Nobody other than the big players can provide a definitive answer, but my personal "nutshell" answer is"sometimes". However; I believe it's less likely to see investments in outside companies. 

For example, Google, FB, Microsoft, Amazon, etc all hire developers specifically to work on open source projects. Sometimes these projects spin off, but it's an organic process (not like fundraising). Look at Bootstrap, or the newly formed npm, Inc for examples.

In my opinion, things like Meteor.js are NOT the norm, and you'll notice their lead investment came from a VC, not a major tech player.

As for gaining users and contributors...

I have several friends who have built successful and well known open source companies from scratch, but none have been sold. They were all bootstrapped to profitability, and each of them found their own market. Users became contributors. Contributors became employees. Personally, I launched an open source visual desktop web server this summer. It offered significant value in convenience via simplicity, and this resonated with developers. I've had 12K downloads in that time, so it's not a huge market, but it's also not "just another" Github repository. I created a more professional website than the average open source project, and I blogged about the use cases. I made YouTube videos and setup a mailing list. I found my audience by looking up readership numbers and targeting syndicate blogs... then I contacted those publishers and pointed them to the website. I put a lot of leg work into it, and I made it work without a monetization path. My software is incredibly simple (the main draw), and there have been a ton of enhancement requests. These requests have started turning into private messages like "I'd pay for _____ feature".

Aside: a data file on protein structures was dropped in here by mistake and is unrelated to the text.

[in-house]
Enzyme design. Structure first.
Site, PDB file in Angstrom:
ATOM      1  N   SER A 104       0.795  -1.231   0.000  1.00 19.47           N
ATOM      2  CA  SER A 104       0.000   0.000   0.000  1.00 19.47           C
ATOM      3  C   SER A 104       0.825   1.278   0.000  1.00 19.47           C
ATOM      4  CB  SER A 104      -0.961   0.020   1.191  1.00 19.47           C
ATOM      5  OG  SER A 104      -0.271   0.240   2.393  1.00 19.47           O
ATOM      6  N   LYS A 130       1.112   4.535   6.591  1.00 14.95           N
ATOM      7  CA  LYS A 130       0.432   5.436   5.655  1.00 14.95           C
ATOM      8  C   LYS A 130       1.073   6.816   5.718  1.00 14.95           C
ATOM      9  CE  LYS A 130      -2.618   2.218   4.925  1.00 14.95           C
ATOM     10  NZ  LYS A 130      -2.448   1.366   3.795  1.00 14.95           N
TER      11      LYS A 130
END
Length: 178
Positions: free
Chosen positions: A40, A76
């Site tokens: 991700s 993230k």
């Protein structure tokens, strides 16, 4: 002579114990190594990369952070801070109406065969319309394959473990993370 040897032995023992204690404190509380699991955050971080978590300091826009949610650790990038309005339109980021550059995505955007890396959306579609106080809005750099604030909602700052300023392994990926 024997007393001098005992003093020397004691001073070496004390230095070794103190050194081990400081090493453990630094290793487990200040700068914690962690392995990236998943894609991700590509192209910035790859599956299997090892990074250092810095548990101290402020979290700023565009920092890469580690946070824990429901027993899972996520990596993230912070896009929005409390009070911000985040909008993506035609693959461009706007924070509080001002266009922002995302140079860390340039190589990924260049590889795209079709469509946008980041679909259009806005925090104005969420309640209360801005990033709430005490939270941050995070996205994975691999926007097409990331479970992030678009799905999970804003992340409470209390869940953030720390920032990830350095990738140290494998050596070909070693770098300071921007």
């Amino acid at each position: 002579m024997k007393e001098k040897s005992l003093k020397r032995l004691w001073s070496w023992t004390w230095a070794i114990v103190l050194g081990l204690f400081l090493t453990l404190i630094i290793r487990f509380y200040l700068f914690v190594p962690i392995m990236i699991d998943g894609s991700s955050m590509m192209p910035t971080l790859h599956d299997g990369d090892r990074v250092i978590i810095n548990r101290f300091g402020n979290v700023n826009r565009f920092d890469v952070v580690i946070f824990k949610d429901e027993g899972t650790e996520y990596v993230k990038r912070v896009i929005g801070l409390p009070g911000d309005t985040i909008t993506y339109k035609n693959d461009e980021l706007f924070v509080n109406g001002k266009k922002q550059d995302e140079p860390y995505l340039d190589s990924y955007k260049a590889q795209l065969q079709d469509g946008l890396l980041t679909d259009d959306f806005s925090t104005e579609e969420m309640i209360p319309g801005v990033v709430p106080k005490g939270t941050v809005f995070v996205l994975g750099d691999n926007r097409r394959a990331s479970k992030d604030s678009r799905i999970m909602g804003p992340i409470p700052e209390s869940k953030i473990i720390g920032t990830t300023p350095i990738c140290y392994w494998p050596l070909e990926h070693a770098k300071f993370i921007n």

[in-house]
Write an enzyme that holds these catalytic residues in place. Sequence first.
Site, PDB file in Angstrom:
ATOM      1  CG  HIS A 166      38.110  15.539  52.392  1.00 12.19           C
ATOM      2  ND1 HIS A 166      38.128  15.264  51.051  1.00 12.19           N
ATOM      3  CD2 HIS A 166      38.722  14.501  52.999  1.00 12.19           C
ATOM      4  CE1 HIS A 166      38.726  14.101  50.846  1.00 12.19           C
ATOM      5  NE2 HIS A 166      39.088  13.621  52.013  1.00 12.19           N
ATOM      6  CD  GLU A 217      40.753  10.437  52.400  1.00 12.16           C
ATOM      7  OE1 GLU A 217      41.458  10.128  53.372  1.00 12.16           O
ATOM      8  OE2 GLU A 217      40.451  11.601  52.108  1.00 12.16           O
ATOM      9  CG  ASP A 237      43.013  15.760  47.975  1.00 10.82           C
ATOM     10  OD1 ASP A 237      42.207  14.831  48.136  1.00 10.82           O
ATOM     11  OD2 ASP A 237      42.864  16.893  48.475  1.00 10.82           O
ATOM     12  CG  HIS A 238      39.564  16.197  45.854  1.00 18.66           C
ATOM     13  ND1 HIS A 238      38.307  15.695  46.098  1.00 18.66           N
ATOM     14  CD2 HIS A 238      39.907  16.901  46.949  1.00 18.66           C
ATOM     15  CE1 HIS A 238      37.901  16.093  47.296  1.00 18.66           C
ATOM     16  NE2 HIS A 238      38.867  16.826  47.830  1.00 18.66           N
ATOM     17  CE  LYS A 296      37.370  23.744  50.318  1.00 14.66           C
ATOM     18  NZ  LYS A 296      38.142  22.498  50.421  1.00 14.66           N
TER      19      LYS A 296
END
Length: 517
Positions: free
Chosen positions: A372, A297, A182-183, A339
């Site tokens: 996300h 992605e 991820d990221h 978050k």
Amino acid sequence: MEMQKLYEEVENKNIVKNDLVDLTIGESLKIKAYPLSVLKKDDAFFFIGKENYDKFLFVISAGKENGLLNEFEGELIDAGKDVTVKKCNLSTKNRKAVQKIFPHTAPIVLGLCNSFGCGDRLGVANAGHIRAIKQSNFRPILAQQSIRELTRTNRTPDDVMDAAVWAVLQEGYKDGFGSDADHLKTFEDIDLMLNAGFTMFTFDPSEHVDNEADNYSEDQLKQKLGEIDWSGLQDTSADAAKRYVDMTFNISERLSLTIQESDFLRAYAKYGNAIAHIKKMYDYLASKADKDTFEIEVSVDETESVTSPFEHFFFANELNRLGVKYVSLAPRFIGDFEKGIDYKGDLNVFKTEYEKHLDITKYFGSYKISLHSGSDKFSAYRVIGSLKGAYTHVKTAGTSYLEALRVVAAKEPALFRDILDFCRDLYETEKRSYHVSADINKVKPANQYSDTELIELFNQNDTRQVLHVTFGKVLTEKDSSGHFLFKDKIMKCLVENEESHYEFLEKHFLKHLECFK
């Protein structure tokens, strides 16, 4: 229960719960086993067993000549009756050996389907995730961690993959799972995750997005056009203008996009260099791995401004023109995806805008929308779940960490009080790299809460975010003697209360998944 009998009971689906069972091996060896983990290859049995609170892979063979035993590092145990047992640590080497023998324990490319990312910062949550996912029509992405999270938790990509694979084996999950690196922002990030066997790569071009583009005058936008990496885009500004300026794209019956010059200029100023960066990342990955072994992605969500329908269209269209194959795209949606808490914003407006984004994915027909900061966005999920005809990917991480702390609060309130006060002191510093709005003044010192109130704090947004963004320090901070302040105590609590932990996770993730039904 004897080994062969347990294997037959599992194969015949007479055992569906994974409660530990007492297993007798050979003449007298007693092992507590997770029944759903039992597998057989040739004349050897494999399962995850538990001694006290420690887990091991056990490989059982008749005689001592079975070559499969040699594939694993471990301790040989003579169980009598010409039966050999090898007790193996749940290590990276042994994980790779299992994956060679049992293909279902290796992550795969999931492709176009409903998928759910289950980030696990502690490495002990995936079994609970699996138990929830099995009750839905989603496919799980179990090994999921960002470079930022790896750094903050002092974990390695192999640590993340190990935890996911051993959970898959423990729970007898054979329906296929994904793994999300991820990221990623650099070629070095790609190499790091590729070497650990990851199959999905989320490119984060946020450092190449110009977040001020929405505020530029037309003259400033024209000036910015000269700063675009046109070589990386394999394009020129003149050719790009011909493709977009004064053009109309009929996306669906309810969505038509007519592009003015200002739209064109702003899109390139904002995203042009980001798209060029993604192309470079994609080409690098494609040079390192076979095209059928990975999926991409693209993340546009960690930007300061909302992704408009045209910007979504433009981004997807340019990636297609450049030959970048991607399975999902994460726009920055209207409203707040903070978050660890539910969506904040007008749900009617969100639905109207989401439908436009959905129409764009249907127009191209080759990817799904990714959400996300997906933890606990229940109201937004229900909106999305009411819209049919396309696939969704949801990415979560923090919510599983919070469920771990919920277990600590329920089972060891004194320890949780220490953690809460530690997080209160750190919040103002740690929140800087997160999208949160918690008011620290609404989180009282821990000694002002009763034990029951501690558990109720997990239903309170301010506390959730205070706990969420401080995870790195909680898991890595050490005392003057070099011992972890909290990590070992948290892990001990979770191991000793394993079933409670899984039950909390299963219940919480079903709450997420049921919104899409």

The bottom line is, in my humble opinion, there is no quick way to launch an open source business. Those that have are the outliers, not the norm. These things have to grow organically. If you can't recruit a partner in the beginning, then you have to build the software yourself. You have to prove momentum... and that means investing time and/or money. 

Taylor Dondich Vice President of Engineering at MaxCDN

December 15th, 2014

I worked as Engineering Team Lead for a company that worked hard to build commercial offerings on top of open source.  The company is .  I'm also an avid open source developer and have worked with companies that provide open source as part of their product portfolio and as a way to marketing their offerings.   Let me bring up a few points:

1) Open source is a fantastic way to gain exposure for your company.  If your company has a popular open source project with a growing developer community, you immediately have insight into your customers as well as communication channels.  Also, developers are hungry for fixing bugs. You can utilize them for assisting in improving your product (use a bug bounty!)

2) Open source is NOT cripple-ware.  When you provide an open source project, it is imperative that the project has value that stands on it's own.  It's meant to compliment your portfolio, not be the entire product with limiting features.  This annoys developers and you won't get a favorable adoption rate.  For example, if your product is installed on a developers web server, ensure it has a proper installation process.  Having the developer do massive legwork just to get your product installed, but touting a stellar installation process as part of your commercial offering is hidden crippleware.  Avoid it.

3) Open source is a great way to gather product/market fit with a MVP.  Continue to hone your open source projects to really obtain the most traction.  Once you've really honed in on your users' needs, you can determine the best complimentary value-adds that are commercial that sit on top of your open source stack (if you even want to have software be part of it).